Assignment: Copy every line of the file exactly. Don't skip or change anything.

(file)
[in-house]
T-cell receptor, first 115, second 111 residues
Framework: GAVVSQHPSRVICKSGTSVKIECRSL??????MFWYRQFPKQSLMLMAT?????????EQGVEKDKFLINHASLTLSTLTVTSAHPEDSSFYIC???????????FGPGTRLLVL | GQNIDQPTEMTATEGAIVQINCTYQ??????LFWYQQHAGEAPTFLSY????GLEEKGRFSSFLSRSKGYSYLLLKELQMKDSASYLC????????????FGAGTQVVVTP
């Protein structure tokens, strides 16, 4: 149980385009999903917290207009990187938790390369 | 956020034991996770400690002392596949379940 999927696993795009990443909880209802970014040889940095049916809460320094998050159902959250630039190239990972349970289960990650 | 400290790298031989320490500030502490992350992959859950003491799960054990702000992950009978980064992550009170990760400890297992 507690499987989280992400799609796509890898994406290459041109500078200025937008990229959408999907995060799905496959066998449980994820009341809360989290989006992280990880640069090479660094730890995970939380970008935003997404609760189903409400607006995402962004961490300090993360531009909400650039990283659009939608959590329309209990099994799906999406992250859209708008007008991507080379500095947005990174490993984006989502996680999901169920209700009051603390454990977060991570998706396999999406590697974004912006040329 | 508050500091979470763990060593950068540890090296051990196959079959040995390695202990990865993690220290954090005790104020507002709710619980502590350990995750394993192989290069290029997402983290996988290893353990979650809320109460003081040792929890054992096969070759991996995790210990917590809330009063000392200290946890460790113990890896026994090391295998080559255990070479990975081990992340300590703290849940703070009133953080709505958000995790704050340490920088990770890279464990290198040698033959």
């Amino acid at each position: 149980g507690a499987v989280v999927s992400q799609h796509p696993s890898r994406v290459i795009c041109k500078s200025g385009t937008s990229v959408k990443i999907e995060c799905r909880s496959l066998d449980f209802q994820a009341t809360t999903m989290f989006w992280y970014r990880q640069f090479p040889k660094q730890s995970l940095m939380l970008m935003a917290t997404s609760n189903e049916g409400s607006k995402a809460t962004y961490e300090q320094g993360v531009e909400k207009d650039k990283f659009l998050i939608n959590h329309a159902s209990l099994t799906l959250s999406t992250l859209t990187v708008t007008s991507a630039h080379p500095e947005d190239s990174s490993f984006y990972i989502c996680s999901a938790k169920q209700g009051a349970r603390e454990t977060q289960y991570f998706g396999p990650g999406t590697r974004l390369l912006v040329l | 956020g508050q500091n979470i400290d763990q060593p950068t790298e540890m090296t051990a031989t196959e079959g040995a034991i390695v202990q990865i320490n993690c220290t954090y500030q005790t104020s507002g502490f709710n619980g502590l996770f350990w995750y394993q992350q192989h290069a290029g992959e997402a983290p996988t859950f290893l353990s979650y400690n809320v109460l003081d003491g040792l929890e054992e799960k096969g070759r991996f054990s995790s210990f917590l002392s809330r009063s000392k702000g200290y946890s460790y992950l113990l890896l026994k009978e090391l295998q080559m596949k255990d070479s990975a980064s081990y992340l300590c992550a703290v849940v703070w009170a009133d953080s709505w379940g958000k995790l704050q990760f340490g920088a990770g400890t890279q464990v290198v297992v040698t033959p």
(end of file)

[in-house]
T-cell receptor, first 115, second 111 residues
Framework: GAVVSQHPSRVICKSGTSVKIECRSL??????MFWYRQFPKQSLMLMAT?????????EQGVEKDKFLINHASLTLSTLTVTSAHPEDSSFYIC???????????FGPGTRLLVL | GQNIDQPTEMTATEGAIVQINCTYQ??????LFWYQQHAGEAPTFLSY????GLEEKGRFSSFLSRSKGYSYLLLKELQMKDSASYLC????????????FGAGTQVVVTP
């Protein structure tokens, strides 16, 4: 149980385009999903917290207009990187938790390369 | 956020034991996770400690002392596949379940 999927696993795009990443909880209802970014040889940095049916809460320094998050159902959250630039190239990972349970289960990650 | 400290790298031989320490500030502490992350992959859950003491799960054990702000992950009978980064992550009170990760400890297992 507690499987989280992400799609796509890898994406290459041109500078200025937008990229959408999907995060799905496959066998449980994820009341809360989290989006992280990880640069090479660094730890995970939380970008935003997404609760189903409400607006995402962004961490300090993360531009909400650039990283659009939608959590329309209990099994799906999406992250859209708008007008991507080379500095947005990174490993984006989502996680999901169920209700009051603390454990977060991570998706396999999406590697974004912006040329 | 508050500091979470763990060593950068540890090296051990196959079959040995390695202990990865993690220290954090005790104020507002709710619980502590350990995750394993192989290069290029997402983290996988290893353990979650809320109460003081040792929890054992096969070759991996995790210990917590809330009063000392200290946890460790113990890896026994090391295998080559255990070479990975081990992340300590703290849940703070009133953080709505958000995790704050340490920088990770890279464990290198040698033959």
């Amino acid at each position: 149980g507690a499987v989280v999927s992400q799609h796509p696993s890898r994406v290459i795009c041109k500078s200025g385009t937008s990229v959408k990443i999907e995060c799905r909880s496959l066998d449980f209802q994820a009341t809360t999903m989290f989006w992280y970014r990880q640069f090479p040889k660094q730890s995970l940095m939380l970008m935003a917290t997404s609760n189903e049916g409400s607006k995402a809460t962004y961490e300090q320094g993360v531009e909400k207009d650039k990283f659009l998050i939608n959590h329309a159902s209990l099994t799906l959250s999406t992250l859209t990187v708008t007008s991507a630039h080379p500095e947005d190239s990174s490993f984006y990972i989502c996680s999901a938790k169920q209700g009051a349970r603390e454990t977060q289960y991570f998706g396999p990650g999406t590697r974004l390369l912006v040329l | 956020g508050q500091n979470i400290d763990q060593p950068t790298e540890m090296t051990a031989t196959e079959g040995a034991i390695v202990q990865i320490n993690c220290t954090y500030q005790t104020s507002g502490f709710n619980g502590l996770f350990w995750y394993q992350q192989h290069a290029g992959e997402a983290p996988t859950f290893l353990s979650y400690n809320v109460l003081d003491g040792l929890e054992e799960k096969g070759r991996f054990s995790s210990f917590l002392s809330r009063s000392k702000g200290y946890s460790y992950l113990l890896l026994k009978e090391l295998q080559m596949k255990d070479s990975a980064s081990y992340l300590c992550a703290v849940v703070w009170a009133d953080s709505w379940g958000k995790l704050q990760f340490g920088a990770g400890t890279q464990v290198v297992v040698t033959p």